## FANDOM

33.175 Seiten

Investigative Data Mining: Mathematical Models for Analyzing, Visualizing and Destabilizing Terrorist Networks

von Nasrullah Memon

vorherige Seite | zur Übersichtsseite | folgende Seite
Statistik und Sichtungsnachweis dieser Seite findet sich am Artikelende
 Zuletzt bearbeitet: 2012-04-26 19:43:05 WiseWoman Borgatti 2002, Fragment, Gesichtet, Nm, SMWFragment, Schutzlevel sysop, Verschleierung

 Typus Verschleierung Bearbeiter Hindemith Gesichtet
Untersuchte Arbeit:
Seite: 96, Zeilen: 2-20
Quelle: Borgatti_2002
Seite(n): 2, Zeilen: 1ff
When looking at visualizations of graphs such as Figure 3.1, it is important to realize that the only information contained in a diagram is adjacency; the position of nodes in a plane (and therefore the length of lines) is arbitrary unless otherwise specified. Hence it is usually dangerous to draw conclusions based on the spatial position of the nodes. For example, it is tempting to conclude that nodes in the middle of a diagram are more important than nodes on the peripheries, but this will often – if not usually – be a mistake.

When using graphs to represent terrorist networks, we typically use each line to represent instances of the same social relation, so that if (a, b) indicates a friendship between a person located at node a, and a person located at node b, then (d, e) indicates a friendship between d and e. Thus, each distinct social relation that is empirically measured on the same group of people is represented by separate graphs, which are likely to have different structures (after all, who talks to whom, is not the same as who dislikes whom).

The natural graphical representation of an adjacency matrix is a [table, such as shown in Figure 3. 2.]

When looking at visualizations of graphs such as Figure 1, it is important to realize that the only information contained in the diagram is adjacency; the position of nodes in the plane (and therefore the length of lines) is arbitrary unless otherwise specified. Hence it is usually dangerous to draw conclusions based on the spatial position of the nodes. For example, it is tempting to conclude that nodes in the middle of a diagram are more important than nodes on the peripheries, but this will often – if not usually – be a mistake.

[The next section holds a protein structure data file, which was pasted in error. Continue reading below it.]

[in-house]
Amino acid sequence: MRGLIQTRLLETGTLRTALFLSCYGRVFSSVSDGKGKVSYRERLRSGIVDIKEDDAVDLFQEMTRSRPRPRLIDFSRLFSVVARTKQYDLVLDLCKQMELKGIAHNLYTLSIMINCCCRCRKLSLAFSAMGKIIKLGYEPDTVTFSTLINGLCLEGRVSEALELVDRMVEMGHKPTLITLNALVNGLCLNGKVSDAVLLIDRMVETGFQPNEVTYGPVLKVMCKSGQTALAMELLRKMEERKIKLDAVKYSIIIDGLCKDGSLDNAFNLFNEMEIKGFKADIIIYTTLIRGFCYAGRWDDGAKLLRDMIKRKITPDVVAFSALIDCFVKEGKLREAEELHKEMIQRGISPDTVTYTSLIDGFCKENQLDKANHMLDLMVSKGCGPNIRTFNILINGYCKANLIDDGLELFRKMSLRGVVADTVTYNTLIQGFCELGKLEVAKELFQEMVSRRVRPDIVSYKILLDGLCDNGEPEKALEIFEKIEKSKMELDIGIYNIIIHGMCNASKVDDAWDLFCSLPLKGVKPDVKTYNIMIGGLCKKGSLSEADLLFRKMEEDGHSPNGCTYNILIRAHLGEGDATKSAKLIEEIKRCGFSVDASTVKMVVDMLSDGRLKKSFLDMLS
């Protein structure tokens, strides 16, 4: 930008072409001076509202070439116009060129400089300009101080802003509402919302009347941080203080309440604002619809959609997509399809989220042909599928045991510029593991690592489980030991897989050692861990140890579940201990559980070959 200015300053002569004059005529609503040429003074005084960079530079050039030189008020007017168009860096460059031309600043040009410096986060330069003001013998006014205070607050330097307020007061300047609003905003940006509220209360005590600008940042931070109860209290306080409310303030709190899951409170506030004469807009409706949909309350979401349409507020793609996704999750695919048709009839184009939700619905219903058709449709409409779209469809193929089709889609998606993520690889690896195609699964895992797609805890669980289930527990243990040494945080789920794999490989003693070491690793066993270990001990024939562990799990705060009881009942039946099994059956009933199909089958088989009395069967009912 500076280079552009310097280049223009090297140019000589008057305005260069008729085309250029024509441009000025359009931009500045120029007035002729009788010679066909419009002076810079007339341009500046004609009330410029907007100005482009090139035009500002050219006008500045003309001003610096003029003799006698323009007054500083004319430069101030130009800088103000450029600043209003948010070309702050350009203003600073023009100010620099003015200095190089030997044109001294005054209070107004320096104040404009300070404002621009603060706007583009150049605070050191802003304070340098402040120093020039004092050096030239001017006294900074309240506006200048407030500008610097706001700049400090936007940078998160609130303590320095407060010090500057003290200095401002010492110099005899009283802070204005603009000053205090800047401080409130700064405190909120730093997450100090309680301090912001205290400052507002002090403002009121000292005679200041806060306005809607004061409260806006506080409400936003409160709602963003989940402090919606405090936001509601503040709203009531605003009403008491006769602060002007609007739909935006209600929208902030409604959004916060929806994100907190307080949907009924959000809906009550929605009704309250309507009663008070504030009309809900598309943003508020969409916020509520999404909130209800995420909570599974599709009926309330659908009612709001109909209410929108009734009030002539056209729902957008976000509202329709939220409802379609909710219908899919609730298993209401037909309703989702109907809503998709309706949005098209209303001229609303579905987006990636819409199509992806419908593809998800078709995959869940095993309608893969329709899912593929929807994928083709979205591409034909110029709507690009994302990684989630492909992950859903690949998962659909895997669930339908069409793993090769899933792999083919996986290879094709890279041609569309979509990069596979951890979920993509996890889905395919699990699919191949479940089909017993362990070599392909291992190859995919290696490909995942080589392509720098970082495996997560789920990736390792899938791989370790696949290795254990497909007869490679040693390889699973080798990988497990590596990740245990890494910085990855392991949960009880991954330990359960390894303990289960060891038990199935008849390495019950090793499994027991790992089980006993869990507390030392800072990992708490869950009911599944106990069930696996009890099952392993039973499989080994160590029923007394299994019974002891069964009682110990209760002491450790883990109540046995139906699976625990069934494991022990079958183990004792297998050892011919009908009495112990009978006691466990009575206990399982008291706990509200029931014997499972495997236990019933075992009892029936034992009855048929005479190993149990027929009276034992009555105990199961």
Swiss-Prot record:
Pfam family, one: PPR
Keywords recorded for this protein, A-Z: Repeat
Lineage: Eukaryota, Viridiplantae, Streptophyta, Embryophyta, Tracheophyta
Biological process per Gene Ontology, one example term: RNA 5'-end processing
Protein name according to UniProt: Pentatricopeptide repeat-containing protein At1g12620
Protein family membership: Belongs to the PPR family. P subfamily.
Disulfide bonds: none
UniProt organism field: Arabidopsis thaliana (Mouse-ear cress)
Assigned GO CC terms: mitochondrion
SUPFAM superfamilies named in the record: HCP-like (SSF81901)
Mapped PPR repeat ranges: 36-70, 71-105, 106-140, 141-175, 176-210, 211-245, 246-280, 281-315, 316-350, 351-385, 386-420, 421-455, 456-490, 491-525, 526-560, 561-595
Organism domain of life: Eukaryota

When used to represent social networks, we typically use each line to represent instances of the same social relation, so that if (a, b) indicates a friendship between the person located at node a and the person located at node b, then (d, e) indicates a friendship between d and e. Thus, each distinct social relation that is empirically measured on the same group of people is represented by separate graphs, which are likely to have different structures (after all, who talks to whom is not the same as who dislikes whom).

[...] The natural graphical representation of an adjacency matrix is a table, such as shown in Figure 2.

 Anmerkungen The source is not given. Note the slight adaptation to make the text fit the terrorist topic of the thesis. Sichter (Hindemith), WiseWoman

vorherige Seite | zur Übersichtsseite | folgende Seite
Letzte Bearbeitung dieser Seite: durch Benutzer:WiseWoman, Zeitstempel: 20120426194347